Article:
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crocket
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PostPosted: Fri Jul 05, 2019 4:39 am    Post subject: Reply with quote

erm67 wrote:
Quote:
cpu temperature gets reach to the trip point, dcritical, system will shut down.


That doesn't say anything about thermal throttling by reducing CPU clock frequency. Can odroid n2 reduce CPU clock frequency to prevent overheating?
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erm67
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PostPosted: Fri Jul 05, 2019 9:26 pm    Post subject: Reply with quote

According to the datasheet there is an embedded cortex M3 a
Quote:
32-bit processor for highly deterministic real-time applications
that monitors the temperature and other stuff. It is something like the dreaded Intel Management Engine, an autonomous subsystem that is run at boot time, you cannot see and manages everything in the system. Most ARM systems has one of them, there is even a region of memory reserved for it in the dtb ....

According to the datasheet the embedded temperature sensor just stores temperature values in registers, generate IRQ if the temp is higher than a threshold, reset all subsystems if it gets too high. Things like throttling the CPU freq are handled by the embedded cortex-M3 processor that runs a proprietary, encrypted binary blob.
See also here.

But not only the CPU generates heat so maybe throttle down the CPU is not enough. I am still learning about this processor and SoC btw ;-) but it's too warm and I prefer to spend some time on the beach ...
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crocket
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PostPosted: Sat Jul 06, 2019 12:30 am    Post subject: Reply with quote


  • Intel management engine can compromise privacy. Is it possible that odroid n2 sends your information to a remote server in the background?
  • Perhaps, the lowest CPU frequency is not low enough to prevent overheating with the ambient temperature at 45'C.
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PostPosted: Sat Jul 06, 2019 10:25 pm    Post subject: Reply with quote

crocket wrote:

  • Intel management engine can compromise privacy. Is it possible that odroid n2 sends your information to a remote server in the background?
  • Perhaps, the lowest CPU frequency is not low enough to prevent overheating with the ambient temperature at 45'C.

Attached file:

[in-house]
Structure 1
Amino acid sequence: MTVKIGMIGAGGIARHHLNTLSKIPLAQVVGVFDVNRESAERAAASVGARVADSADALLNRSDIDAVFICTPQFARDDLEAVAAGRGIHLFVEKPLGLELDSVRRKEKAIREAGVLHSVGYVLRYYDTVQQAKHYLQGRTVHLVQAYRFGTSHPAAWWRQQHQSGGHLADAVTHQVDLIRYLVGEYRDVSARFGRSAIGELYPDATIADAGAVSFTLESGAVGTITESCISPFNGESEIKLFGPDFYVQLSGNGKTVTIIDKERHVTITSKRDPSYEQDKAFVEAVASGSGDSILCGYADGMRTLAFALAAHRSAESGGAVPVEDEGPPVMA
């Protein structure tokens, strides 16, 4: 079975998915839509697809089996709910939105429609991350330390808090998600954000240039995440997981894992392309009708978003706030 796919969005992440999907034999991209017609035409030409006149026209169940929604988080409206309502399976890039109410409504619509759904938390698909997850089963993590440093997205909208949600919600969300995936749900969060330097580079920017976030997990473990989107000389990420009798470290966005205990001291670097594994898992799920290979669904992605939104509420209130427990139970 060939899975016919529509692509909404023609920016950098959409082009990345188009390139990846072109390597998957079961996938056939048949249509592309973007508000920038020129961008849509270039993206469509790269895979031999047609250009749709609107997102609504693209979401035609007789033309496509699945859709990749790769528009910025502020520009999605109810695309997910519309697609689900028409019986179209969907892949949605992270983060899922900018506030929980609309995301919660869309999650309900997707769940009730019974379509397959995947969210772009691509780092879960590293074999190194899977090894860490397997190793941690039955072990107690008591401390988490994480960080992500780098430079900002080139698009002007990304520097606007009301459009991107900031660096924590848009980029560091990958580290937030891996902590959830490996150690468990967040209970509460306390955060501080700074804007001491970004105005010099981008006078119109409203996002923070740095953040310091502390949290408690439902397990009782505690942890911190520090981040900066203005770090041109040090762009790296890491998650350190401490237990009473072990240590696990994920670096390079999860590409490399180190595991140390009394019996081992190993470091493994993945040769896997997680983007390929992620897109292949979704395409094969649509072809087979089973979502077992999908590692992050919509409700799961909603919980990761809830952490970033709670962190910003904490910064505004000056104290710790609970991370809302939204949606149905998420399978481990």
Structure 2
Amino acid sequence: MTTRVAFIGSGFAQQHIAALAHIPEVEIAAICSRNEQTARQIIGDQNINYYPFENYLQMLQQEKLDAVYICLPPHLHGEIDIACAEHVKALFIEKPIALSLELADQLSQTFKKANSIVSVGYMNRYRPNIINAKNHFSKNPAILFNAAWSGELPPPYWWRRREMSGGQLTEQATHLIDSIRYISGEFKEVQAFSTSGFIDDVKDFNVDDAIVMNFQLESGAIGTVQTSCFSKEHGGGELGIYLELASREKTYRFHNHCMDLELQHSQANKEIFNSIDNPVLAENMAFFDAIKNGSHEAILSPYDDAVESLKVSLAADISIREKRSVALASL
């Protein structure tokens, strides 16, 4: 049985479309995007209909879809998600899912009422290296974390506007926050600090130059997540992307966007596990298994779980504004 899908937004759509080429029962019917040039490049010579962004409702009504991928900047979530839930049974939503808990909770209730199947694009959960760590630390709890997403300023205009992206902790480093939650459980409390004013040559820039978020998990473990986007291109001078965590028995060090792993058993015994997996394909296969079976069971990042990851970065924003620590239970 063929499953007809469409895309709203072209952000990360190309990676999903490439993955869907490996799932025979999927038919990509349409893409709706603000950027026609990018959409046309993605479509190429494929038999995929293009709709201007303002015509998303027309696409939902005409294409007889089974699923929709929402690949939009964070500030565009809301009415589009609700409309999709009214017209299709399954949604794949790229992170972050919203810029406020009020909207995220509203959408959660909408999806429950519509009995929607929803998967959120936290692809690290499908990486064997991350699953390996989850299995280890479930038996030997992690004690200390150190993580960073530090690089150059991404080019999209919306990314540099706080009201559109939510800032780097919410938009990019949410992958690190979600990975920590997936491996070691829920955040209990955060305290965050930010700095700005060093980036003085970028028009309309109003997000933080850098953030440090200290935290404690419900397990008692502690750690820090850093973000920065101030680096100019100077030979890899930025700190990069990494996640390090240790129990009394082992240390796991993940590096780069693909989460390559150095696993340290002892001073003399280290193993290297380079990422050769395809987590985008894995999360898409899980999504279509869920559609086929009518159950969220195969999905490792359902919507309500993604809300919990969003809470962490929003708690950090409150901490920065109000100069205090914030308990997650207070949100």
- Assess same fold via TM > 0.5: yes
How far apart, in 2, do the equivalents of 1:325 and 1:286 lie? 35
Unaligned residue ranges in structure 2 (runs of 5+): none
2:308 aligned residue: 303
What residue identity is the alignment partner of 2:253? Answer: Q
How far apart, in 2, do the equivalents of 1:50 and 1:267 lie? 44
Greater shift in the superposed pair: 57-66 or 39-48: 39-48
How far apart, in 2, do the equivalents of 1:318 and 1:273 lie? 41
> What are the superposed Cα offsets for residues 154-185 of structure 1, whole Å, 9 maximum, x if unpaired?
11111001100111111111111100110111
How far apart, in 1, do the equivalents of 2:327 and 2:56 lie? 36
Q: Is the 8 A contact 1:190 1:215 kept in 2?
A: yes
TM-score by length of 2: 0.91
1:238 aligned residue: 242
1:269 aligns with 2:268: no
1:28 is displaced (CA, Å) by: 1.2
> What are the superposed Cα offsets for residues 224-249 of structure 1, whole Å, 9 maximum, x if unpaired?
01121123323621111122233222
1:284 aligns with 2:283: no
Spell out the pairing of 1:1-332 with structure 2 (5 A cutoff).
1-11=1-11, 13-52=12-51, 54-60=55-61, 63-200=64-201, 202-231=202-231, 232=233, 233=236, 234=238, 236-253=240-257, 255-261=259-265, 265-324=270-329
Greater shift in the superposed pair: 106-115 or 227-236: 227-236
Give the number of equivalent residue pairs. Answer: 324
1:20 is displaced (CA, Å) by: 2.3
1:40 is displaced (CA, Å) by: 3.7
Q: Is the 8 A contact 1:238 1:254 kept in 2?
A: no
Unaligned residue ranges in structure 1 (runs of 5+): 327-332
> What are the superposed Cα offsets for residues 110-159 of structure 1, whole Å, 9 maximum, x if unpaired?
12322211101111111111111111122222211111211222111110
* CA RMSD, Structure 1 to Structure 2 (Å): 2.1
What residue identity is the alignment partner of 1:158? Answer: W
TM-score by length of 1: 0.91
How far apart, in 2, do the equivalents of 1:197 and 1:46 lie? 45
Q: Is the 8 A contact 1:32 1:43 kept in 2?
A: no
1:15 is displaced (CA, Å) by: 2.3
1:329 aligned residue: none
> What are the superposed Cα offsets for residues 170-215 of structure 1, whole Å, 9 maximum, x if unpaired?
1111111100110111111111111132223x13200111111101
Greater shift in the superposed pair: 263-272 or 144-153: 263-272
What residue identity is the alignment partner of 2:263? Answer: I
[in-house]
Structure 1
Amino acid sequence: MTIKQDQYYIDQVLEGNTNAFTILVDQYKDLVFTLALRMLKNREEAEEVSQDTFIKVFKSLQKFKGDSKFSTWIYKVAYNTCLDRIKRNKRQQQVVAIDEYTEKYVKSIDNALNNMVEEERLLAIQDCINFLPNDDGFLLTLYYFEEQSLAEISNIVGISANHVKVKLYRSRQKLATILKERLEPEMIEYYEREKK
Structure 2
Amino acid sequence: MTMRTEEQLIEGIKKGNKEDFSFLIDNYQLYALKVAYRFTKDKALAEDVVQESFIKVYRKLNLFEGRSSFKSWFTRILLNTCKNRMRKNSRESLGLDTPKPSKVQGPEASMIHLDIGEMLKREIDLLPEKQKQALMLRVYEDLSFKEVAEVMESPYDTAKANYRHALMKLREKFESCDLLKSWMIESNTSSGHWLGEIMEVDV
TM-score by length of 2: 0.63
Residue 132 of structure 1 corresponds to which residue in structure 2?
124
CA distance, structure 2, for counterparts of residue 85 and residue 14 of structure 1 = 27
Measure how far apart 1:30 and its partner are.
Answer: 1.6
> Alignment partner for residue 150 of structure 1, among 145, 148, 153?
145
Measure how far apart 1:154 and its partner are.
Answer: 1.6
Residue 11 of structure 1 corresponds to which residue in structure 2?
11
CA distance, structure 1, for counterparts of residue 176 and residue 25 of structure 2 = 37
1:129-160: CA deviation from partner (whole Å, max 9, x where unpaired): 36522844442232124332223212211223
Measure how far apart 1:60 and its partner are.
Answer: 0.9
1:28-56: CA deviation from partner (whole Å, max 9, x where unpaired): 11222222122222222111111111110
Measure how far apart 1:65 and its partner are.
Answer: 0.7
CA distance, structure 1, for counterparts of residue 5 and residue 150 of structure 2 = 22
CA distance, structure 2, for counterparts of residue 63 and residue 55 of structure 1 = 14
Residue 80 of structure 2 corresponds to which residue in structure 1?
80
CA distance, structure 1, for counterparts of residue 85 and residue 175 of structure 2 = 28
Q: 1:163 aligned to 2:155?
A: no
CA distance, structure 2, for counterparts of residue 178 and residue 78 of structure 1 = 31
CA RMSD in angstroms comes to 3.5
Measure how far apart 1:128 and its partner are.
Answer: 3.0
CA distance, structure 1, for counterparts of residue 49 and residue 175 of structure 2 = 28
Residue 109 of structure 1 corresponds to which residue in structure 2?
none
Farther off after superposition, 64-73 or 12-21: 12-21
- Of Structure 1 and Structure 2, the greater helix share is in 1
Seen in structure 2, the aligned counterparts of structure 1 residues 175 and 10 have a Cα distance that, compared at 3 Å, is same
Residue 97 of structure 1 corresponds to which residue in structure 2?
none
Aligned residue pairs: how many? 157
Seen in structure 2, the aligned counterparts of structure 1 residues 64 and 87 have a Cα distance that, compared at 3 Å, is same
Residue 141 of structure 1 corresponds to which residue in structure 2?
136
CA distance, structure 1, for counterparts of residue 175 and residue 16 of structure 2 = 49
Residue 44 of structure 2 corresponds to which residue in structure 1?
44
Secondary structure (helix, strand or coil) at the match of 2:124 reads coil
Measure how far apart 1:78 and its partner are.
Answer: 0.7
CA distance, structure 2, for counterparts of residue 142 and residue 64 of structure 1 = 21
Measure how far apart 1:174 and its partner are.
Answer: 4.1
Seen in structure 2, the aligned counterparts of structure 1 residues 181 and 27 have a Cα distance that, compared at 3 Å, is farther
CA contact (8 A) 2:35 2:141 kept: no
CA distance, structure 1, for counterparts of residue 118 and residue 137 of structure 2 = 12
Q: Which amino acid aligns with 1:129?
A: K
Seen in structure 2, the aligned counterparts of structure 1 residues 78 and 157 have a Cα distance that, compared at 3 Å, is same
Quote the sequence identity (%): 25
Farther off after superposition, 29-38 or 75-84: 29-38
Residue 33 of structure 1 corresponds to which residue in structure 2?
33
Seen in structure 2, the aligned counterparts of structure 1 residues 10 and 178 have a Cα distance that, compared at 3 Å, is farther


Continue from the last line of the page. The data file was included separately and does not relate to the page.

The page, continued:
nobody knows what that the code does it's encrypted ..... also the raspi uses a hidden core that runs an encrypted firmware ....

maybe it was the usb controller, kernel compile is IO intensive, who knows in any case it was my fault since the room temperature was really too high.
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crocket
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PostPosted: Tue Jul 09, 2019 11:19 pm    Post subject: Reply with quote

Does it make sense to replace a USB3 storage device with a network storage mount? At least, USB3 controller won't become hot.
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PostPosted: Wed Jul 10, 2019 7:25 am    Post subject: Reply with quote

I am a big fan of iscsi, in fact I used network mounts on my old board, boot from sd an rootfs on iscsi it works perfectly as long as the Gbit ethernet is used only for iscsi, my old box had decent 300Mbit wifi and I used that setup for a couple of years without a problem.
root on nfs is a thing of the '80, good for testing and emergency but not as a stable solution. NDB wors as well but I found it a bit slower than a well deployed iscsi.
Of course the N2 doesn't have a second nic so you need a usb3 network adapter, wifi or gbit. Just make sure it is a native USB3 adapter, I had to return 2 USB3 Gbit adapers on ebay because they worked on Windows but not on linux.
The best and fastest use the AX88179 Chipset, the most common are rtl8152 or the newer rtl8153 and often do not work well with linux, when I complained the seller sent me from china an rtl8153 with the guarantee that it works well with linux and indeed it does. The AX88179 is a lot better however.

Don't worry about the heat now that temperatures cooled down a bit I have no problems, USB3 + UASP works perfectly; now the N2 bios can controls the speed of a pwm fan, it will only start to spin if the temperature is too high.
I bet there will be soon USB3 disks with a native UASP interface to avoid the latency due to scsi/SATA translation.
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crocket
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PostPosted: Wed Jul 10, 2019 1:56 pm    Post subject: Reply with quote

How did you compile kernel for odroid n2? The wiki says it needs linaro gcc. Does it actually require linaro gcc for u-boot and kernel?
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PostPosted: Wed Jul 10, 2019 4:30 pm    Post subject: Reply with quote

crocket wrote:
How did you compile kernel for odroid n2? The wiki says it needs linaro gcc. Does it actually require linaro gcc for u-boot and kernel?


I have not recompiled uboot and petitboot ... but the kernel compiles without problem with gentoo's GCC 9. I also patched the Makefile and added -march=native to the CFLAGS

Code:
--- Makefile    2019-06-17 21:35:42.000002198 +0200
+++ Makefile.new        2019-06-18 04:57:28.764002527 +0200